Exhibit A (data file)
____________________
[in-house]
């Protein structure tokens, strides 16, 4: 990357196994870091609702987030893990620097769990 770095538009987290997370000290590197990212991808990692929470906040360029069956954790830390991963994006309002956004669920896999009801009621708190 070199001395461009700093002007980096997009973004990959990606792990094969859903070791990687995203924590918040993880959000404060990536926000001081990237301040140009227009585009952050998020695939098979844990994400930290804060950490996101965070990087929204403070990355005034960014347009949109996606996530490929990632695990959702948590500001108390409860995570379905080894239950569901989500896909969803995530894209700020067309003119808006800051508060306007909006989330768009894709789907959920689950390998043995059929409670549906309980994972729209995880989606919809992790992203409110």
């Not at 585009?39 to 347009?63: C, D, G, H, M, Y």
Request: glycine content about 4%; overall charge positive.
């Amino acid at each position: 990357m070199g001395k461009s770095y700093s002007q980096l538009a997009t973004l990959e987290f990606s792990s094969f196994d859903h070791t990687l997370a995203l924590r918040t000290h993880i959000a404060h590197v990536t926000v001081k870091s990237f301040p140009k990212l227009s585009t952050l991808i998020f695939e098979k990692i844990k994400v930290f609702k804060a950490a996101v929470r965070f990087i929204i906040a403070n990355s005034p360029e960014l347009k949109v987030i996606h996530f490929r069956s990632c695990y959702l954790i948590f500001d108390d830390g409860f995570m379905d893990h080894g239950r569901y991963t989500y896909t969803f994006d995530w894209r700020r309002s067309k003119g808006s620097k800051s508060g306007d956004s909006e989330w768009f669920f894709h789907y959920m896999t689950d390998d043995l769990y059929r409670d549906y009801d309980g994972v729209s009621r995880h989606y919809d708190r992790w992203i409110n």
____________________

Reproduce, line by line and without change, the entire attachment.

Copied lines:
[in-house]
């Protein structure tokens, strides 16, 4: 990357196994870091609702987030893990620097769990 770095538009987290997370000290590197990212991808990692929470906040360029069956954790830390991963994006309002956004669920896999009801009621708190 070199001395461009700093002007980096997009973004990959990606792990094969859903070791990687995203924590918040993880959000404060990536926000001081990237301040140009227009585009952050998020695939098979844990994400930290804060950490996101965070990087929204403070990355005034960014347009949109996606996530490929990632695990959702948590500001108390409860995570379905080894239950569901989500896909969803995530894209700020067309003119808006800051508060306007909006989330768009894709789907959920689950390998043995059929409670549906309980994972729209995880989606919809992790992203409110």
């Not at 585009?39 to 347009?63: C, D, G, H, M, Y």
Request: glycine content about 4%; overall charge positive.
């Amino acid at each position: 990357m070199g001395k461009s770095y700093s002007q980096l538009a997009t973004l990959e987290f990606s792990s094969f196994d859903h070791t990687l997370a995203l924590r918040t000290h993880i959000a404060h590197v990536t926000v001081k870091s990237f301040p140009k990212l227009s585009t952050l991808i998020f695939e098979k990692i844990k994400v930290f609702k804060a950490a996101v929470r965070f990087i929204i906040a403070n990355s005034p360029e960014l347009k949109v987030i996606h996530f490929r069956s990632c695990y959702l954790i948590f500001d108390d830390g409860f995570m379905d893990h080894g239950r569901y991963t989500y896909t969803f994006d995530w894209r700020r309002s067309k003119g808006s620097k800051s508060g306007d956004s909006e989330w768009f669920f894709h789907y959920m896999t689950d390998d043995l769990y059929r409670d549906y009801d309980g994972v729209s009621r995880h989606y919809d708190r992790w992203i409110n």